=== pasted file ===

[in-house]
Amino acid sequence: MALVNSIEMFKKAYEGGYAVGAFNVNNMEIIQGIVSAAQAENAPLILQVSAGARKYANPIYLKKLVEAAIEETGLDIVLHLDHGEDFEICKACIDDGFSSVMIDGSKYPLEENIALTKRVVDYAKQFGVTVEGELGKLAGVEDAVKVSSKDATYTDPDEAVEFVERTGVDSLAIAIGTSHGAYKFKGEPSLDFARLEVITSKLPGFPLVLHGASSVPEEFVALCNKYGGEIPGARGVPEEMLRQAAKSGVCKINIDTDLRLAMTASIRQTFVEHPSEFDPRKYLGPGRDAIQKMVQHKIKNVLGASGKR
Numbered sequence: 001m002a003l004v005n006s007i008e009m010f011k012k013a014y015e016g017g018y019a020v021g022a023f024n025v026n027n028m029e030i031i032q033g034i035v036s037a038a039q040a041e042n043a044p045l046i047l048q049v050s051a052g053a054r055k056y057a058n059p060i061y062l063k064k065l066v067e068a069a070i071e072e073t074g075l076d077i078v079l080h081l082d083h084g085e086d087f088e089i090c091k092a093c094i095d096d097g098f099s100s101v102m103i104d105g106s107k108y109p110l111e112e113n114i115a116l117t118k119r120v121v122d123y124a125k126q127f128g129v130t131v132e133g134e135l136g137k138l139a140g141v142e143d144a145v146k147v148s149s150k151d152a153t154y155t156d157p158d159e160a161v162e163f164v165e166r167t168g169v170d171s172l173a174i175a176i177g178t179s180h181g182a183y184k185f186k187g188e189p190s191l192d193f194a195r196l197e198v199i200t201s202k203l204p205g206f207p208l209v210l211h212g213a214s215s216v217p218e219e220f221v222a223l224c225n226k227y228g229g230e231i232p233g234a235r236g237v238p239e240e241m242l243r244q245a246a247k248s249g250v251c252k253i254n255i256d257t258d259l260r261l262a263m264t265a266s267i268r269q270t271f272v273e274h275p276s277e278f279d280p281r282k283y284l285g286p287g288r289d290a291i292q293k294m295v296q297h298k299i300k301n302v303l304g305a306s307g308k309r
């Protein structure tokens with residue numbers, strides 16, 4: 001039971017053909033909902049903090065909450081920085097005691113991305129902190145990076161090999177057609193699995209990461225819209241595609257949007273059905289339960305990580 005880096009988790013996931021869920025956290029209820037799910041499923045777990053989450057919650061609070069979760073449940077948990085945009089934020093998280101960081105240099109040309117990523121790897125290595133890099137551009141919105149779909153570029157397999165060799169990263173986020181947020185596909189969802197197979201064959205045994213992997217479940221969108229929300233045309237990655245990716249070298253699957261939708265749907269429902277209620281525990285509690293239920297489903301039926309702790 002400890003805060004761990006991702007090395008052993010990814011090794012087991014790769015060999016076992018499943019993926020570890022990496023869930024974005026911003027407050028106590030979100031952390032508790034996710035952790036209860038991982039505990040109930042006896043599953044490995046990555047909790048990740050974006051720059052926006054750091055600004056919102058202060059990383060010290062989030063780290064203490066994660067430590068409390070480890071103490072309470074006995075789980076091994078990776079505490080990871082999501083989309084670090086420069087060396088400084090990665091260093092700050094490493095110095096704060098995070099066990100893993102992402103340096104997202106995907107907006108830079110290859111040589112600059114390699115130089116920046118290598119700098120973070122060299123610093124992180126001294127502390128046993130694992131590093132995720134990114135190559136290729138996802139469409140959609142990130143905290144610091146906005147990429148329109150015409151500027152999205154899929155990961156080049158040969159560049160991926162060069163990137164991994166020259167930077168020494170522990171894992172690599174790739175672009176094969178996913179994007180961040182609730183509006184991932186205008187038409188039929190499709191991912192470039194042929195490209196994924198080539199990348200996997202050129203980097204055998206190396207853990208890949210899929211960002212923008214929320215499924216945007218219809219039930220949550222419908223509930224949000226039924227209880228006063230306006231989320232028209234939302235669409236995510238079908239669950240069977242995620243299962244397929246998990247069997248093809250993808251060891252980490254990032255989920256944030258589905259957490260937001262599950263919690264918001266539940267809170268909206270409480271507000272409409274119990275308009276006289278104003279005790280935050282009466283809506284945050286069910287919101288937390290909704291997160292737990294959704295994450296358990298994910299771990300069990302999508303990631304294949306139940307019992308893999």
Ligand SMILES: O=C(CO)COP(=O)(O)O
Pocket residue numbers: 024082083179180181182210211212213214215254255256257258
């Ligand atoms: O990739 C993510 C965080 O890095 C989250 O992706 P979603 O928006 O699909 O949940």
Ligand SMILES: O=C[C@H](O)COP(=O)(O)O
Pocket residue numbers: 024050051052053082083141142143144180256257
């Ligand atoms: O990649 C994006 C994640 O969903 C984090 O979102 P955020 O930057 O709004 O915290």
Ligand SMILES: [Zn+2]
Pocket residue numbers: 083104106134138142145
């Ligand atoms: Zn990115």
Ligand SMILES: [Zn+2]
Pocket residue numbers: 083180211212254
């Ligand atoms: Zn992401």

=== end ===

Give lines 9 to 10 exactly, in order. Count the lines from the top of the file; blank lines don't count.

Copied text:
Pocket residue numbers: 024050051052053082083141142143144180256257
């Ligand atoms: O990649 C994006 C994640 O969903 C984090 O979102 P955020 O930057 O709004 O915290």